Falling sterling hits pensions of millions of expats

25 Feb

Recent falls in sterling have meant that British expat pensioners in Europe have seen their monthly retirement slashed by an average of 8 per cent since the beginning of the year.

The alarming figures, calculated by the deVere Group, are based on the UK state pension that on 1st January 2013 was worth €577.37 per month for the average pensioner and today is worth €530.81.   In November 2008, when the pound hit a high against the euro, it was worth €597.41.

More than a million Britons who live abroad, receive the state pension and these people – unless they’ve set up a system to transfer their pension at a fixed exchange rate every month – will be worse off each month because of the weakening pound.

Sterling has recently hit a 16 month low against many major currencies and has plummeted 8 per cent against the euro since the beginning of this year – and has, overall, fallen 9.5 per cent since last summer when it rose to €1.26 in July 2012.  Naturally, Britons living in Europe and receiving a fixed income through their pension are particularly adversely affected by this.

With the government and the Bank of England seemingly more than content with a lower pound at the moment, and with Moody’s downgrade of the UK last week, it is likely that sterling will remain reasonably low for some time.


With this in mind, and to avoid being subject to further volatility in the currency markets, those who are living abroad and claiming a UK pension should consider the various ways to mitigate the fluctuations with their financial adviser.”


This is another hammer blow for pensioners who are also having to cope with the low interest rate environment.


Nigel Green deVere Group

Blog written 25th February


  1. All expat Brits it seems get a raw deal but less than half of expats do not even get what they have paid for, a state pension with annual cost of living increases. Around 500,000 of them are penalized by this government just because of where they live. If one retires to a “wrong” country the state pension is frozen at the amount of the first payment. This is not only theft but also discrimination, which by the way is unlawful. ALL have paid into the NI fund ALL are entitled to annual uprating to treat just 4% in this way is shameful. There is no logic in uprating annually the state pension of a retiree in the USA and withholding uprating to the retiree in Canada. Steve Webb and David Cameron made a promise to right this wrong before the last election but have broken that promise. One is left assuming they lied to get votes from the victims of this outrageous injustice.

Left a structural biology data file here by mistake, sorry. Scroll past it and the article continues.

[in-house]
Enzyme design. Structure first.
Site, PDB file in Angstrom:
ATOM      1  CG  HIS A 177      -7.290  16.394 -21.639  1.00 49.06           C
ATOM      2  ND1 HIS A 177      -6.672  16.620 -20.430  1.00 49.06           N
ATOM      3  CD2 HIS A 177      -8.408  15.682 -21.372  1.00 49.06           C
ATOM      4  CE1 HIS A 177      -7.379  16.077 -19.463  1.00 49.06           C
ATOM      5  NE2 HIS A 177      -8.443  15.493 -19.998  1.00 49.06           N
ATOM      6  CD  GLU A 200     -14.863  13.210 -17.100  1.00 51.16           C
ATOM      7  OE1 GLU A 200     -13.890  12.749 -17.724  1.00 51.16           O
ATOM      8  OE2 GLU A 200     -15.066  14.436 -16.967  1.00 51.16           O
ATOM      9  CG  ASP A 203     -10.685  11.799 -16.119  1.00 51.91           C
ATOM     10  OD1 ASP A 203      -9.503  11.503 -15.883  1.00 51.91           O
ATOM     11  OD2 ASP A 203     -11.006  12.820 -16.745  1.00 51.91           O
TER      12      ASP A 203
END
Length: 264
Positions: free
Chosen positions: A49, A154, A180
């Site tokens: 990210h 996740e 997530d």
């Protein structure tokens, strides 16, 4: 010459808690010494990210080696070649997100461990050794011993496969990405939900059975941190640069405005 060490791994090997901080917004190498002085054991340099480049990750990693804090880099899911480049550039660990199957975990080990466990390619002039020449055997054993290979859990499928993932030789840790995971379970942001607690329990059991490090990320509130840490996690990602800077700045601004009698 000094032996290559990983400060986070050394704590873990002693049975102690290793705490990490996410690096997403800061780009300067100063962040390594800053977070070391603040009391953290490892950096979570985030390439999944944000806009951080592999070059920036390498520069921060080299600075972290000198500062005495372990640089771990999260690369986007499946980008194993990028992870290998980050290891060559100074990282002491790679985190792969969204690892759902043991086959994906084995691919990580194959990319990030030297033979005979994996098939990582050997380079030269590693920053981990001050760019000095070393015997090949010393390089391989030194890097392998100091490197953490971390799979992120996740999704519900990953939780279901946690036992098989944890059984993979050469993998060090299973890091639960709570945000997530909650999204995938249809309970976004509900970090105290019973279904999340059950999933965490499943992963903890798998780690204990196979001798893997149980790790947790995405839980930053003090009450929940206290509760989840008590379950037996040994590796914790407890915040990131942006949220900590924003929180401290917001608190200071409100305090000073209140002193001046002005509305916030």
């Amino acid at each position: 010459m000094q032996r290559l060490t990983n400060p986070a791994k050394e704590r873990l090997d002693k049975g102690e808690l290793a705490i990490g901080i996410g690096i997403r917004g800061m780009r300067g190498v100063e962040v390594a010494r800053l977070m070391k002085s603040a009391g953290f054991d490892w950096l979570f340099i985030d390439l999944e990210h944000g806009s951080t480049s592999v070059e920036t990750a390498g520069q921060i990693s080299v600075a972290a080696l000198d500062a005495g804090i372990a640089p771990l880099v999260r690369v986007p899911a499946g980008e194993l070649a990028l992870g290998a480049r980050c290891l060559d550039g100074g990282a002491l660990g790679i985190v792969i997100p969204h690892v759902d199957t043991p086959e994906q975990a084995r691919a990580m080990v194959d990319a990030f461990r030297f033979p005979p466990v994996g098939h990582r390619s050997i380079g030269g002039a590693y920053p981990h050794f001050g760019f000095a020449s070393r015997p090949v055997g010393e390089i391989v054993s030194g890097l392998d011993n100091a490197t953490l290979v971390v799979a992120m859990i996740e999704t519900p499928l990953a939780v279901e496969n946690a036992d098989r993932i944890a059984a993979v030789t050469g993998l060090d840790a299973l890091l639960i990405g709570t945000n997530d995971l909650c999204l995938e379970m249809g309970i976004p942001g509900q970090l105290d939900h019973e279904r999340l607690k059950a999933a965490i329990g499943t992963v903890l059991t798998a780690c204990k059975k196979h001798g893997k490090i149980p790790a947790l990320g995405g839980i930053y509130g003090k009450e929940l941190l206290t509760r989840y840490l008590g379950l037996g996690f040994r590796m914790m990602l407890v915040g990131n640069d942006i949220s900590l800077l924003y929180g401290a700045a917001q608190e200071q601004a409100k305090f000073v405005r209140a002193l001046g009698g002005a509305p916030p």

2. Two points here. The variation in the exchange rates are not limited to the European Market but affect world wide. I am a pensioner living in Thailand. When i became entitled to my pension the exchange rate was around 68 Thai Baht to £1 sterling now it is running at 46 Thai Baht – a drop of 32%.

    Second point. At least pensioners in the EEA and a select group of countries like Macedonia, Herzegovina and even the USA benefit from the automatic annual uprating of UK State Retirement Pensions. I, in common with 4% of the total UK pensioner population world wide, do not. Our pension is frozen at the rate it first becomes payable in the host country; never to increase – ever. This iniquity applies to pensioners living in, for example, Australia, Canada and New Zealand. There is no legal, moral, financial or administrative justification for this discrimination. what makes it even more galling is the hypocritical attitude displayed by government who, when in opposition, vowed to end the regulation but now, when in a position to do so reneged on that promise…Steve Webb, the Pensions Minister even tabled an Early Day Motion calling for the abolition of the frozen pension policy when on the Opposition Benches…Labour did nothing.

    Some sympathy for our European counterparts on the exchange rates problems but they are receiving your full entitlement and not suffering the double whammy inflicted on our living standards by a frozen pension.

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